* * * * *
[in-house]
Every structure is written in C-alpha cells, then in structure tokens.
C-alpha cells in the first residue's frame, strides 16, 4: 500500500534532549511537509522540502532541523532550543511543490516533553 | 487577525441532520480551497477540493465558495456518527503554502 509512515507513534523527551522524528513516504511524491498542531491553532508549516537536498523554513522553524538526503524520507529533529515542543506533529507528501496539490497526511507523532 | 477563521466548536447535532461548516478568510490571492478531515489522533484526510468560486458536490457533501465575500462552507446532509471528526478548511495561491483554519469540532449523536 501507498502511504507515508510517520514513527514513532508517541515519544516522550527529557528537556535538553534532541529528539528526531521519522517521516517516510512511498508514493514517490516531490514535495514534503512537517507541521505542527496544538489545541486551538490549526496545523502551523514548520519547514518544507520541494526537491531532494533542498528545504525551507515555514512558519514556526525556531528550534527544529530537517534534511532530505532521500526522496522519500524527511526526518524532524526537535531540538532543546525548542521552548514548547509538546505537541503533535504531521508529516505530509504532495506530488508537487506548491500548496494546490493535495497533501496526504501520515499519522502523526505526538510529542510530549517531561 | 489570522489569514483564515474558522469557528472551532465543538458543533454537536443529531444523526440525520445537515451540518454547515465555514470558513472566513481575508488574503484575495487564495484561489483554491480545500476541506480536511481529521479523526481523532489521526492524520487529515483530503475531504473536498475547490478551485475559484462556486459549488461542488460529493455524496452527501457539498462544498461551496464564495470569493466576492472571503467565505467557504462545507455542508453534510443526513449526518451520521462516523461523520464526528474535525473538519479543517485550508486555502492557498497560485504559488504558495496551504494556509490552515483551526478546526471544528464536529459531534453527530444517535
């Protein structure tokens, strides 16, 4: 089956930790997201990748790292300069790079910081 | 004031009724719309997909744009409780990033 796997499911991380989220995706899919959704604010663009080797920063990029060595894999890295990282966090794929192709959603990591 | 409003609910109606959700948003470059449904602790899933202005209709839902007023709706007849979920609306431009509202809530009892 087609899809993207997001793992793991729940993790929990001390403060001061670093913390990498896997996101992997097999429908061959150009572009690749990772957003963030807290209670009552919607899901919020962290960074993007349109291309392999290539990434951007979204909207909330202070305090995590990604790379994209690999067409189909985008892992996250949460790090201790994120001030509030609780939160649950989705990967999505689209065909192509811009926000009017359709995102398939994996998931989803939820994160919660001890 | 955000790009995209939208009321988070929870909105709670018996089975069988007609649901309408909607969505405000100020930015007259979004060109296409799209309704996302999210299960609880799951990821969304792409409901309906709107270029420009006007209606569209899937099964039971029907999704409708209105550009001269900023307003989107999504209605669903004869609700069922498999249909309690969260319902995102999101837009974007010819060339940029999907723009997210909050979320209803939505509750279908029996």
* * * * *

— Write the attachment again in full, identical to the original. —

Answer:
[in-house]
Every structure is written in C-alpha cells, then in structure tokens.
C-alpha cells in the first residue's frame, strides 16, 4: 500500500534532549511537509522540502532541523532550543511543490516533553 | 487577525441532520480551497477540493465558495456518527503554502 509512515507513534523527551522524528513516504511524491498542531491553532508549516537536498523554513522553524538526503524520507529533529515542543506533529507528501496539490497526511507523532 | 477563521466548536447535532461548516478568510490571492478531515489522533484526510468560486458536490457533501465575500462552507446532509471528526478548511495561491483554519469540532449523536 501507498502511504507515508510517520514513527514513532508517541515519544516522550527529557528537556535538553534532541529528539528526531521519522517521516517516510512511498508514493514517490516531490514535495514534503512537517507541521505542527496544538489545541486551538490549526496545523502551523514548520519547514518544507520541494526537491531532494533542498528545504525551507515555514512558519514556526525556531528550534527544529530537517534534511532530505532521500526522496522519500524527511526526518524532524526537535531540538532543546525548542521552548514548547509538546505537541503533535504531521508529516505530509504532495506530488508537487506548491500548496494546490493535495497533501496526504501520515499519522502523526505526538510529542510530549517531561 | 489570522489569514483564515474558522469557528472551532465543538458543533454537536443529531444523526440525520445537515451540518454547515465555514470558513472566513481575508488574503484575495487564495484561489483554491480545500476541506480536511481529521479523526481523532489521526492524520487529515483530503475531504473536498475547490478551485475559484462556486459549488461542488460529493455524496452527501457539498462544498461551496464564495470569493466576492472571503467565505467557504462545507455542508453534510443526513449526518451520521462516523461523520464526528474535525473538519479543517485550508486555502492557498497560485504559488504558495496551504494556509490552515483551526478546526471544528464536529459531534453527530444517535
């Protein structure tokens, strides 16, 4: 089956930790997201990748790292300069790079910081 | 004031009724719309997909744009409780990033 796997499911991380989220995706899919959704604010663009080797920063990029060595894999890295990282966090794929192709959603990591 | 409003609910109606959700948003470059449904602790899933202005209709839902007023709706007849979920609306431009509202809530009892 087609899809993207997001793992793991729940993790929990001390403060001061670093913390990498896997996101992997097999429908061959150009572009690749990772957003963030807290209670009552919607899901919020962290960074993007349109291309392999290539990434951007979204909207909330202070305090995590990604790379994209690999067409189909985008892992996250949460790090201790994120001030509030609780939160649950989705990967999505689209065909192509811009926000009017359709995102398939994996998931989803939820994160919660001890 | 955000790009995209939208009321988070929870909105709670018996089975069988007609649901309408909607969505405000100020930015007259979004060109296409799209309704996302999210299960609880799951990821969304792409409901309906709107270029420009006007209606569209899937099964039971029907999704409708209105550009001269900023307003989107999504209605669903004869609700069922498999249909309690969260319902995102999101837009974007010819060339940029999907723009997210909050979320209803939505509750279908029996």